Conrado "Connie" Marrero died today in Cuba, just two days shy of his 103rd birthday. The former Washington Senator was the oldest living big-league ballplayer.
Marrero, a junk-throwing righty, was a star in Cuba before signing with Washington in 1950 at the age of 38. He had a decent five seasons for some terrible Senators teams, but was known more for his omnipresent cigar, his broken English, and his fire-hydrant physique.
In just his fifth big league game, Marrero struck out Boston's Ted Williams with a dancing knuckleball. According to specious news accounts, he patted himself on the chest as he walked off the mound, saying, "Gude. Me want more money."
Three decades later, a Post reporter visited Cuba and talked to Marrero about facing Williams. He told one of his favorite stories, about another game in which Williams went deep twice. The old pitcher would never forget: once off a slider, once off a knuckler.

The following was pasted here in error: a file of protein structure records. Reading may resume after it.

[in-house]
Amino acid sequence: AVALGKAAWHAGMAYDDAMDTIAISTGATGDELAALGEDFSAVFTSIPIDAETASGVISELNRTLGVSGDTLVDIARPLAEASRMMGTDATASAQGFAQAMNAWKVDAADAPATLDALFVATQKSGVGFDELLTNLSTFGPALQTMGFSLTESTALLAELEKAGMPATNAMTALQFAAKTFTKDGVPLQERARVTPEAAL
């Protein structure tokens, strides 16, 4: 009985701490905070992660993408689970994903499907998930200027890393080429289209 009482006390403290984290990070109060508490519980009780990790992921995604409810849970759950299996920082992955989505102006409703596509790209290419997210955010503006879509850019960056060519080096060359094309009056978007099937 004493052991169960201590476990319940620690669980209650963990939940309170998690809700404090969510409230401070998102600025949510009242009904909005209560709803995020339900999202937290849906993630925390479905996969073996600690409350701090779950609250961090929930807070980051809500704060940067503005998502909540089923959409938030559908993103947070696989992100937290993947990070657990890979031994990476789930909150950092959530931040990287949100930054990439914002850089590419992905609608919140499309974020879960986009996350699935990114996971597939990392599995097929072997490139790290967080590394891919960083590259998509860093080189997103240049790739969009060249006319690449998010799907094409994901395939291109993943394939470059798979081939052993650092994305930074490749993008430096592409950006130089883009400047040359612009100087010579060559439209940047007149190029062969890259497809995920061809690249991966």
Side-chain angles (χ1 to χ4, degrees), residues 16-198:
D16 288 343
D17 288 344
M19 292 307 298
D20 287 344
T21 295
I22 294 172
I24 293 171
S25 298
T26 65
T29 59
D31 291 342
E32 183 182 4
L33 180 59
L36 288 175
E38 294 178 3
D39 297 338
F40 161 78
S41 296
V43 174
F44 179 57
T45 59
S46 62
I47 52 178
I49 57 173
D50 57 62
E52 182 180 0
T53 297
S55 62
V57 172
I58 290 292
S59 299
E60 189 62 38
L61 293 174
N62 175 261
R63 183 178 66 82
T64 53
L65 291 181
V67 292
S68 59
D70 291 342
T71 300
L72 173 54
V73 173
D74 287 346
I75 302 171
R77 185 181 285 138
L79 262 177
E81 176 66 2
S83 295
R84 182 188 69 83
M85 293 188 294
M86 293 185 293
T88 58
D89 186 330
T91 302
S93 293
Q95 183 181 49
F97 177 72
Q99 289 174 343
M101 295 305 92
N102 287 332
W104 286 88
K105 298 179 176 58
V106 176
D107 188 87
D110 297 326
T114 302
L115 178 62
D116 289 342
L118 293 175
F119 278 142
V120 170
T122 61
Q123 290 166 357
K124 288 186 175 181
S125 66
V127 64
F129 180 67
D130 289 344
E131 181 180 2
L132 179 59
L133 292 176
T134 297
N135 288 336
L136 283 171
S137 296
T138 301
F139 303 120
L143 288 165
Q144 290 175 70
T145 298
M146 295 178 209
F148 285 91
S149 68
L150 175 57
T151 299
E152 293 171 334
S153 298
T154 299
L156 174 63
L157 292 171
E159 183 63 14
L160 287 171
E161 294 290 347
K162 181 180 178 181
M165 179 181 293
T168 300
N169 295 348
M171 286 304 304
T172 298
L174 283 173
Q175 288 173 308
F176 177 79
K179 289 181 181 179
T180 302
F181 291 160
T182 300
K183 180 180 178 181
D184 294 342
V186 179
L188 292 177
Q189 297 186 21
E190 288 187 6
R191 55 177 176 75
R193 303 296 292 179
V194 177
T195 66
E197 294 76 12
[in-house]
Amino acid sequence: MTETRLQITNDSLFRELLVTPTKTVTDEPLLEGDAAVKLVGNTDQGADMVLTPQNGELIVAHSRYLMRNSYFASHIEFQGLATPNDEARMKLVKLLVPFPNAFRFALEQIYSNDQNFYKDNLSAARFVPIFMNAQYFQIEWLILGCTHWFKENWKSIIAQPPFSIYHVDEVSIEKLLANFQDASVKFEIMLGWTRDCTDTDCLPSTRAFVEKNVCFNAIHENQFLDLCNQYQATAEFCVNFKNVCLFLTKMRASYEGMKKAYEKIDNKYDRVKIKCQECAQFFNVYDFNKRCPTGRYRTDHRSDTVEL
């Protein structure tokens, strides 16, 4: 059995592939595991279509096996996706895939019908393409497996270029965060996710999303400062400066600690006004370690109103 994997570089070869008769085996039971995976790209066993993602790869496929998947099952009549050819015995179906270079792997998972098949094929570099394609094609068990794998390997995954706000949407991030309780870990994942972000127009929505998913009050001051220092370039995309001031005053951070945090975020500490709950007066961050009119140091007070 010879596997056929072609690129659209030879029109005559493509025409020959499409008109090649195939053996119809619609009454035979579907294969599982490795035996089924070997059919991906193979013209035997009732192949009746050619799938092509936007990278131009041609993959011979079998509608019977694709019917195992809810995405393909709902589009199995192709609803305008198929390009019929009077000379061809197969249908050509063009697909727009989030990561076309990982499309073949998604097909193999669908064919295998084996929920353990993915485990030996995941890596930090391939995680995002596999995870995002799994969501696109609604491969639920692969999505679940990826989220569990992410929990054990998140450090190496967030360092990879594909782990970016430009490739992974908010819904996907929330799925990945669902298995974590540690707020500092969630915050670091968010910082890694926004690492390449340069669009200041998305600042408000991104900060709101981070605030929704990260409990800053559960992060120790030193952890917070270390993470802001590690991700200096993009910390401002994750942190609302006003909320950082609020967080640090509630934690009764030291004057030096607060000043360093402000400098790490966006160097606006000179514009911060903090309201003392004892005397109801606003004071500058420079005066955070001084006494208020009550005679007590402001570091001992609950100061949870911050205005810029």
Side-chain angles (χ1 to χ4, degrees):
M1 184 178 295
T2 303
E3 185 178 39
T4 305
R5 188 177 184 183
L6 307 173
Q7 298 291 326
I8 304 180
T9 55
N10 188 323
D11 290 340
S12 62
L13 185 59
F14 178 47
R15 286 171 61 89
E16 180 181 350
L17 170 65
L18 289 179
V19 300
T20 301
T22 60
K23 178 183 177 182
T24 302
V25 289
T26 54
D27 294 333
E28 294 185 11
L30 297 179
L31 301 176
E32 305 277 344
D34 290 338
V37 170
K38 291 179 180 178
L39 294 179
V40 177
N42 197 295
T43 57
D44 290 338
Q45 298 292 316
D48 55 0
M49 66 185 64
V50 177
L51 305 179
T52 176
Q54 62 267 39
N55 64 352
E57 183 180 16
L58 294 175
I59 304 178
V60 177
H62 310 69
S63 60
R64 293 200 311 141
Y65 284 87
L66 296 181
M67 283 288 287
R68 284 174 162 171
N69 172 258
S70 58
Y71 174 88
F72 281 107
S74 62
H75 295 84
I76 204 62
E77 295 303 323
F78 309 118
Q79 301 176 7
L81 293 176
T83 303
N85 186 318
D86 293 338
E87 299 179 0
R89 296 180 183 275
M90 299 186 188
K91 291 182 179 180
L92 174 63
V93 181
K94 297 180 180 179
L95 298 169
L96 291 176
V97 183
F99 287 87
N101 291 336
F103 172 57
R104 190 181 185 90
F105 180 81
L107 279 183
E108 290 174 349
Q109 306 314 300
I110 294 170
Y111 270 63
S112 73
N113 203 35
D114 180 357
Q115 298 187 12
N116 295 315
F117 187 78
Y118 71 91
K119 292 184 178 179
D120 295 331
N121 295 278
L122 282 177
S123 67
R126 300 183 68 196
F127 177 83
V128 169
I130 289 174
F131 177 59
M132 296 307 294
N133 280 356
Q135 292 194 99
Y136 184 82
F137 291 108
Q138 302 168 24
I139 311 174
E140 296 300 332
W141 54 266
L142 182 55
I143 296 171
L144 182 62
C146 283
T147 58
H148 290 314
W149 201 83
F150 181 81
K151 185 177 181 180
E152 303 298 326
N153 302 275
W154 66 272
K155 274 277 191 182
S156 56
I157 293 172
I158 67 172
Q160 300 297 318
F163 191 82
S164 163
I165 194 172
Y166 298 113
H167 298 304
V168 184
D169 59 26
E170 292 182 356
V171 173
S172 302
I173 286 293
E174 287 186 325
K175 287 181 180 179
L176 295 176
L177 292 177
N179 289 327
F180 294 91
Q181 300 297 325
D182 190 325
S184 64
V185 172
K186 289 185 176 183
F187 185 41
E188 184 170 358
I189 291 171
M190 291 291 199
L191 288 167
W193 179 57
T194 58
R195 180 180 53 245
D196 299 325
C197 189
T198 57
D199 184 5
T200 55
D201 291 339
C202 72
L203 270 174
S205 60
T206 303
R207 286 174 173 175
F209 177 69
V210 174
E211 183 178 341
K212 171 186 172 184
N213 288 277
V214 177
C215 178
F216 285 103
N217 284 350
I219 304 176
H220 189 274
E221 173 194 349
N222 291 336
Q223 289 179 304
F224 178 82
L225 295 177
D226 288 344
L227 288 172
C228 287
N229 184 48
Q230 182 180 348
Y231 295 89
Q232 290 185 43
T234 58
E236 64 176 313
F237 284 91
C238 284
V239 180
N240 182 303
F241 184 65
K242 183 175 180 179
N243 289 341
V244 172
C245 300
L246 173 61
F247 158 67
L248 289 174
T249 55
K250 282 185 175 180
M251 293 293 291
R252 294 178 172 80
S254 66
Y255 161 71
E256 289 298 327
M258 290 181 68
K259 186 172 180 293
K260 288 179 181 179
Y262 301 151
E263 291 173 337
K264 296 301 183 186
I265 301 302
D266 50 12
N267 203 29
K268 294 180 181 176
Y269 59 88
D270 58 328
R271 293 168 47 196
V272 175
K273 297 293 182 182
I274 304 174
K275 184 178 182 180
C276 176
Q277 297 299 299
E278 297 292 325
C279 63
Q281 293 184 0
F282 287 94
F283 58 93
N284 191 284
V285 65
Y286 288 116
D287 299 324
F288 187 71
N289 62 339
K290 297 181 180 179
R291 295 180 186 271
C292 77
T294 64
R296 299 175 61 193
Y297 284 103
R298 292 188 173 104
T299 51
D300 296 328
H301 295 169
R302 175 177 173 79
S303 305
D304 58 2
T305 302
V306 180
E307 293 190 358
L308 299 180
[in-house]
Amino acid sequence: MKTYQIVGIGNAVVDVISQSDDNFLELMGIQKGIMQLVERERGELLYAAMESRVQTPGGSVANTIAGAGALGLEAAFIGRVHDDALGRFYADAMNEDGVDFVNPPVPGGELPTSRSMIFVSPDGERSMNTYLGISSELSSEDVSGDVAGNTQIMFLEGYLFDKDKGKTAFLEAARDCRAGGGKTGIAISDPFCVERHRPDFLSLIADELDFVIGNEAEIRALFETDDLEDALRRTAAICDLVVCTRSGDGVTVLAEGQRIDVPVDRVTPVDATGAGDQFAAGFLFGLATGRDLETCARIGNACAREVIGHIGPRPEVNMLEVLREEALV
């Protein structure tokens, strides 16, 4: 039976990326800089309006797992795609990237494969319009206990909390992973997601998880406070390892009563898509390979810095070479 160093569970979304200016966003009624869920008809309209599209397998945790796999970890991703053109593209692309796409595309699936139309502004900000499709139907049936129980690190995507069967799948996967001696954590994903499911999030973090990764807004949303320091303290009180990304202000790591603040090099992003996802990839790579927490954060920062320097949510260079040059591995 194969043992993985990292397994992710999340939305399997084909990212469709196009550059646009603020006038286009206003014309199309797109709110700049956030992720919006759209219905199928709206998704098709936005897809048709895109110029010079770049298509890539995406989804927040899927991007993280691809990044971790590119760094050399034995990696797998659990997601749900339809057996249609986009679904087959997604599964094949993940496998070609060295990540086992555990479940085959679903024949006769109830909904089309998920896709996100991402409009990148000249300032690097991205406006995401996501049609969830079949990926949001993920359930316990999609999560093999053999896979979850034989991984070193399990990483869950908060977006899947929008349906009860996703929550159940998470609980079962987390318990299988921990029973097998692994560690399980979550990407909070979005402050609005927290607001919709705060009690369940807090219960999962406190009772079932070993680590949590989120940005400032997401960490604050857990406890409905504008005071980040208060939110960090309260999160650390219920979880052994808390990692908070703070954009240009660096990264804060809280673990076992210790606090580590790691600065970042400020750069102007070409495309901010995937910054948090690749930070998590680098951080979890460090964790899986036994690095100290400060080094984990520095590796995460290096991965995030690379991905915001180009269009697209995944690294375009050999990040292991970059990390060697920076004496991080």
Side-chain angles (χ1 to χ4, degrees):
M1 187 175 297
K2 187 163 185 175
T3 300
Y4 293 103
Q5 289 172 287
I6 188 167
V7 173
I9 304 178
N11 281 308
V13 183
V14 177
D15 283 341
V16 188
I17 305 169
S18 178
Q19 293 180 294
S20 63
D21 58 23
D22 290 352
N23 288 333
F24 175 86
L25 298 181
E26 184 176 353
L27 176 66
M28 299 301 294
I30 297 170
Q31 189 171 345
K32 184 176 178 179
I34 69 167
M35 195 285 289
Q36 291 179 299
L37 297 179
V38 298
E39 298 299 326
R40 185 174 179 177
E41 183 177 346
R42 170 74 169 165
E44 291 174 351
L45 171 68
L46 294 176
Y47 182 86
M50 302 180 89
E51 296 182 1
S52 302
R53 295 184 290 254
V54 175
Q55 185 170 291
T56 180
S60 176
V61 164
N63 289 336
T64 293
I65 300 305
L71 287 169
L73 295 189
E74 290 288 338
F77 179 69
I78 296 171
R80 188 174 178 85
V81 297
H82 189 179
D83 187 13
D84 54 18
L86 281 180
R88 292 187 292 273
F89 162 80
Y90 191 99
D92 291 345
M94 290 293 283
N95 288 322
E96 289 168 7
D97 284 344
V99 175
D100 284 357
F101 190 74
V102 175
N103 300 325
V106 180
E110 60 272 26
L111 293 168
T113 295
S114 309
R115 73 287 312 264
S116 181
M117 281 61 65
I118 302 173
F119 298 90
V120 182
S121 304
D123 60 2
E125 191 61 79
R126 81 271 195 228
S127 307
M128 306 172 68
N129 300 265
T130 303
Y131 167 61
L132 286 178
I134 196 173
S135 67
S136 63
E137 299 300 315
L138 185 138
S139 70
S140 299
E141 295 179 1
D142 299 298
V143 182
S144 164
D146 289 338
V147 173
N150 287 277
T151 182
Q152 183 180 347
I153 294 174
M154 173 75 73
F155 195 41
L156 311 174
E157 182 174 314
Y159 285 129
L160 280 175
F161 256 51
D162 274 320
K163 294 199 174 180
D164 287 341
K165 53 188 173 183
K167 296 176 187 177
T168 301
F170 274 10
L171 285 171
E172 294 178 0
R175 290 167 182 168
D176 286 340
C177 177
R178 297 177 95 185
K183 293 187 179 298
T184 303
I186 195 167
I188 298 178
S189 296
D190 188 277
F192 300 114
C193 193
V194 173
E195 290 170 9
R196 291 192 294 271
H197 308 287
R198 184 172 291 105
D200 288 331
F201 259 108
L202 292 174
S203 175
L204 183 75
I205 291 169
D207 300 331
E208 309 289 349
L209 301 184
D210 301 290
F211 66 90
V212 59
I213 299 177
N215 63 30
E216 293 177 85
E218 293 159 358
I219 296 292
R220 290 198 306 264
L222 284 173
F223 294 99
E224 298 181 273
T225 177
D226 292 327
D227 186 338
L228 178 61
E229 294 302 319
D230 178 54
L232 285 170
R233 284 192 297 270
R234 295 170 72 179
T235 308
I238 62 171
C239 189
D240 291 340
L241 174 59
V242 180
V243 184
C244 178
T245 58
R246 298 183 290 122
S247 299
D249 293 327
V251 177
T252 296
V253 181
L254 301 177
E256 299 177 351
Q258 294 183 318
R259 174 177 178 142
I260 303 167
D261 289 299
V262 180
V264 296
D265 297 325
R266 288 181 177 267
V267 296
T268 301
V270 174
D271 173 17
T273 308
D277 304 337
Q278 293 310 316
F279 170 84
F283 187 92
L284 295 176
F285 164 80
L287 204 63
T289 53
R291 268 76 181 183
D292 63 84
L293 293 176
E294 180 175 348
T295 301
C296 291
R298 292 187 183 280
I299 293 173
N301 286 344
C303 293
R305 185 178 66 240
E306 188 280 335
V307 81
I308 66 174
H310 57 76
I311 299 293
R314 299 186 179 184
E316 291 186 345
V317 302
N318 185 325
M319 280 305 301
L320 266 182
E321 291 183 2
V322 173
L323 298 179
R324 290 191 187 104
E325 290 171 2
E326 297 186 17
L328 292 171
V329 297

"After the game, he put his arm around me under the stands and said, 'This was my day,' " Marrero recalled. "I told Williams, 'Every day is your day.' "
The respect was apparently mutual. Not a lot of pitchers back then taught the ball to do the jitterbug en route to the plate. "That guy throws you everything except the ball," Williams reportedly said.
Marrero retired to Havana, where even into his 90s would welcome tour groups of SABR members and regale them with tales of his career. It wasn't until 2011 that Marrero began to get his MLB pension payouts that he should have been receiving for four decades.
With Marrero's death, the title of oldest living ballplayer falls to Mike Sandlock, an infielder for the Braves, Dodgers, and Pirates in the '40s and '50s.